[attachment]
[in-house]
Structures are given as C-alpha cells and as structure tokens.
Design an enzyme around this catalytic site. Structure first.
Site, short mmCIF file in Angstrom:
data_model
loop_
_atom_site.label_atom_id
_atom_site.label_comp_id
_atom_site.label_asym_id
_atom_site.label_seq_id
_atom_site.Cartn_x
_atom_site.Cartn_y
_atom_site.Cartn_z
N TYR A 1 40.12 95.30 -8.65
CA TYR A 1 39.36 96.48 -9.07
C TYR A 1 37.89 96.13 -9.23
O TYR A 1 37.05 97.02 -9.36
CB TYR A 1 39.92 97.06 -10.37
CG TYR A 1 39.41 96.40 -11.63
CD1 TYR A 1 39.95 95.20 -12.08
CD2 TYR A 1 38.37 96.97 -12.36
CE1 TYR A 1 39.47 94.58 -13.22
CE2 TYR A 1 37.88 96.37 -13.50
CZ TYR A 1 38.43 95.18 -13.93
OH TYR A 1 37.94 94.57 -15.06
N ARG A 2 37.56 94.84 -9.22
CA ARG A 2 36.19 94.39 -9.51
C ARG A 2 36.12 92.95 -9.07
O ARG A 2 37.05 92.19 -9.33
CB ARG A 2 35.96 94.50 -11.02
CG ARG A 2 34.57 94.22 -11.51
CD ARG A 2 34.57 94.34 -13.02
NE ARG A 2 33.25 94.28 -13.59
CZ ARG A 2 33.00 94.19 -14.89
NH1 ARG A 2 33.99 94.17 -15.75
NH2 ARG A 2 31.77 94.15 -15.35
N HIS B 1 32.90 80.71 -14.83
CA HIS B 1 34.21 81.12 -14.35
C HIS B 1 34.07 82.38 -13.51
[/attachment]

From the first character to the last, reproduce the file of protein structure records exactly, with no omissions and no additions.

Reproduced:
[in-house]
Structures are given as C-alpha cells and as structure tokens.
Design an enzyme around this catalytic site. Structure first.
Site, short mmCIF file in Angstrom:
data_model
loop_
_atom_site.label_atom_id
_atom_site.label_comp_id
_atom_site.label_asym_id
_atom_site.label_seq_id
_atom_site.Cartn_x
_atom_site.Cartn_y
_atom_site.Cartn_z
N TYR A 1 40.12 95.30 -8.65
CA TYR A 1 39.36 96.48 -9.07
C TYR A 1 37.89 96.13 -9.23
O TYR A 1 37.05 97.02 -9.36
CB TYR A 1 39.92 97.06 -10.37
CG TYR A 1 39.41 96.40 -11.63
CD1 TYR A 1 39.95 95.20 -12.08
CD2 TYR A 1 38.37 96.97 -12.36
CE1 TYR A 1 39.47 94.58 -13.22
CE2 TYR A 1 37.88 96.37 -13.50
CZ TYR A 1 38.43 95.18 -13.93
OH TYR A 1 37.94 94.57 -15.06
N ARG A 2 37.56 94.84 -9.22
CA ARG A 2 36.19 94.39 -9.51
C ARG A 2 36.12 92.95 -9.07
O ARG A 2 37.05 92.19 -9.33
CB ARG A 2 35.96 94.50 -11.02
CG ARG A 2 34.57 94.22 -11.51
CD ARG A 2 34.57 94.34 -13.02
NE ARG A 2 33.25 94.28 -13.59
CZ ARG A 2 33.00 94.19 -14.89
NH1 ARG A 2 33.99 94.17 -15.75
NH2 ARG A 2 31.77 94.15 -15.35
N HIS B 1 32.90 80.71 -14.83
CA HIS B 1 34.21 81.12 -14.35
C HIS B 1 34.07 82.38 -13.51